Disgaea 1 Complete is a definitive edition of one the legendary tactical RPG’s that wowed players 15 years ago when it first came out. Fans of the franchise will surely adore this remaster, as it has improved the game in every aspect, including visually showcasing the adorable quirky anime-styled characters of the game. Disgaea 1 Complete certainly taps into the nostalgia of the dedicated fans who grew up playing it.
You start out as the prince of the Netherworld, son of late overload father, who has been in deep sleep while the Demon World erupted into chaos, each fighting for the throne. The people of this kingdom, however, have absolutely no idea who the prince of the Netherworld, Lahrl is, and therefore he has to make himself known and put himself out there as the rightful heir. He encounters on his way Flonne, an angel, who has a very dark perception regarding Lahrl’s personality as a possible anti-hero.
While the game is visually enchanting to longtime fans of the franchise who will see this as an amazing improvement, Disgaea 1 Complete, in fact, does show its age to newcomers like me. However, the updated 2D camera flaunts this game’s visuals, while the 3D one still staggers making the view of the combat frustrating at times. We will also note that while it seems that Disgaea 5 assets were used for this remake, it also means that the same issue from that remake arises. Text and some elements on the Nintendo Switch version of the game are quite difficult to read, so we recommend you to either play the game in dock mode or go for the PlayStation 4 version.
However, what makes Disgaea 1 Complete shine is its amazing tactical RPG combat in addition to its brilliant sense of humour, going as far as to make the antihero, Lahrl, amusing. At the beginning of the game, you make your way through a tutorial where you will get to know the basics of the game. What is offsetting for newcomers is the amount of grinding you have to go through, since all the stat’s numbers in this game are very high, allowing you to keep working on your character endlessly. Throughout the game, you assemble a crew, a funny one at that, and trek through the map defeating demons with spectacular combo attacks.
When we talk about Disgaea, we immediately have in mind the most iconic characters of the franchise like Laharl, Etna and Flonne. Found as secondary characters in other episodes of the series, and following the similar idea as with Disgaea 2: Dark Hero Days, NIS America decided to include a dedicated mode centred around Etna in Disgaea 1 Complete.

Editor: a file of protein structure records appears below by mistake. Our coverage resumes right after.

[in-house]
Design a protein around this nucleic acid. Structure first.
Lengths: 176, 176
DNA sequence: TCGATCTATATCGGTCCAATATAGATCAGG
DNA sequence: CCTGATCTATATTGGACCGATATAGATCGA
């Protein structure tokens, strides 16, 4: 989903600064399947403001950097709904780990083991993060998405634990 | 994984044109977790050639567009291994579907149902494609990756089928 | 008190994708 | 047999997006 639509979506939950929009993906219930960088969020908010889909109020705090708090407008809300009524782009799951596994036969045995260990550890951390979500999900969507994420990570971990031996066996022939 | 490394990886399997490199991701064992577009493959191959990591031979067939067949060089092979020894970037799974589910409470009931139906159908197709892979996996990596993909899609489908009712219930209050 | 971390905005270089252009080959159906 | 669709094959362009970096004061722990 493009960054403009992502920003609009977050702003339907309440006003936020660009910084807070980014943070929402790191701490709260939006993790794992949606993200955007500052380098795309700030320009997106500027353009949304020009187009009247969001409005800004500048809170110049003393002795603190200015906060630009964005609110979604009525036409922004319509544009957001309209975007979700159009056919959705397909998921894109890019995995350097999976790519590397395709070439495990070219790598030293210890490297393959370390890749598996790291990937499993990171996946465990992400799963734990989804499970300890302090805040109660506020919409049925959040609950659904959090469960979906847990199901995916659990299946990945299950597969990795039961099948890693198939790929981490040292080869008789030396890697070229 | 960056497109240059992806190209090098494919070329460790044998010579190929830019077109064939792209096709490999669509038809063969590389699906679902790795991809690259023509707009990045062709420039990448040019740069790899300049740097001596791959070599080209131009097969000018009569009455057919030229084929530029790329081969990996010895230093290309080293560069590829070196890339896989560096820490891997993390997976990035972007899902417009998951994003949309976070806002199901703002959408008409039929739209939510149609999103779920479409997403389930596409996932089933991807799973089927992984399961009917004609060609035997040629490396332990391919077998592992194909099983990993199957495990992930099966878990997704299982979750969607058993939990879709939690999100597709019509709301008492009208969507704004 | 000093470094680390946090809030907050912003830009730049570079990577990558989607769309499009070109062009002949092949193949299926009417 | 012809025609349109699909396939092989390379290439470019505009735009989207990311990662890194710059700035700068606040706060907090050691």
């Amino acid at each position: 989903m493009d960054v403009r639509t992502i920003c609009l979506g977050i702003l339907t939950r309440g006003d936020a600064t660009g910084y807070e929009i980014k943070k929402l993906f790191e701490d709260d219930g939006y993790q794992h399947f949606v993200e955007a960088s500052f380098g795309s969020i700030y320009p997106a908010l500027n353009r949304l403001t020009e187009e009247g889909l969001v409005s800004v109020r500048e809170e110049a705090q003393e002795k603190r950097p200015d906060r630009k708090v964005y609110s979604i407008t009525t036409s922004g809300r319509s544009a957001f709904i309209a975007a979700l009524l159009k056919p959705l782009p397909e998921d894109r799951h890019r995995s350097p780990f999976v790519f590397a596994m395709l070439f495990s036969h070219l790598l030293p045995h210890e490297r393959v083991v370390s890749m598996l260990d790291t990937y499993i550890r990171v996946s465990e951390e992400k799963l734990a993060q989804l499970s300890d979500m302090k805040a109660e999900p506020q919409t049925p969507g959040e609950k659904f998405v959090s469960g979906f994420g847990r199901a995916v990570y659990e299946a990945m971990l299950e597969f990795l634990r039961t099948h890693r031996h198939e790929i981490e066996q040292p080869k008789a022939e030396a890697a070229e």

Etna mode was already available in previous versions of the game back on the Nintendo DS and PSP, and is made available by either pressing a cheat code or beating the game and starting in New Game+. In this mode, instead of waking up Laharl early in the game, Etna commits a terrible mistake and accidentally kills the prince. Rather than confessing her crime, Etna will try to pass a Prinny for Laharl, but this plan won’t work as well as she hoped for, and thus discover four alternate chapters of the original game.
In addition to playing Etna as the main character, this mode changes the difficulty: without Laharl, the adventure is definitely harder. On top of that, conversation and some situations are different, which might incite those that never got to finish the game back on the Nintendo DS and PSD to try this out.
The characters in the game are very intriguing alongside a very thrilling soundtrack. The amount of grinding Disgaea 1 Complete takes will not appeal to newcomers, who, however, can play the story without focusing on post-games. Your crew fighting alongside you is created by you using the dark assembly vendor.
Disgaea 1 Complete was reviewed by both Nazih Fares and Sara Basma using a Nintendo Switch and PlayStation 4 digital download code provided by NIS America. We don’t discuss review scores with publishers or developers prior to the review being published (click here for more information about our review policy).
• The fun combat
• The quirky characters
• The awesome sense of humor
• Amount of grinding it takes to level up
• Awkward 3D camera motion
• Slightly aged graphics
• Difficult to read on Nintendo Switch handheld mode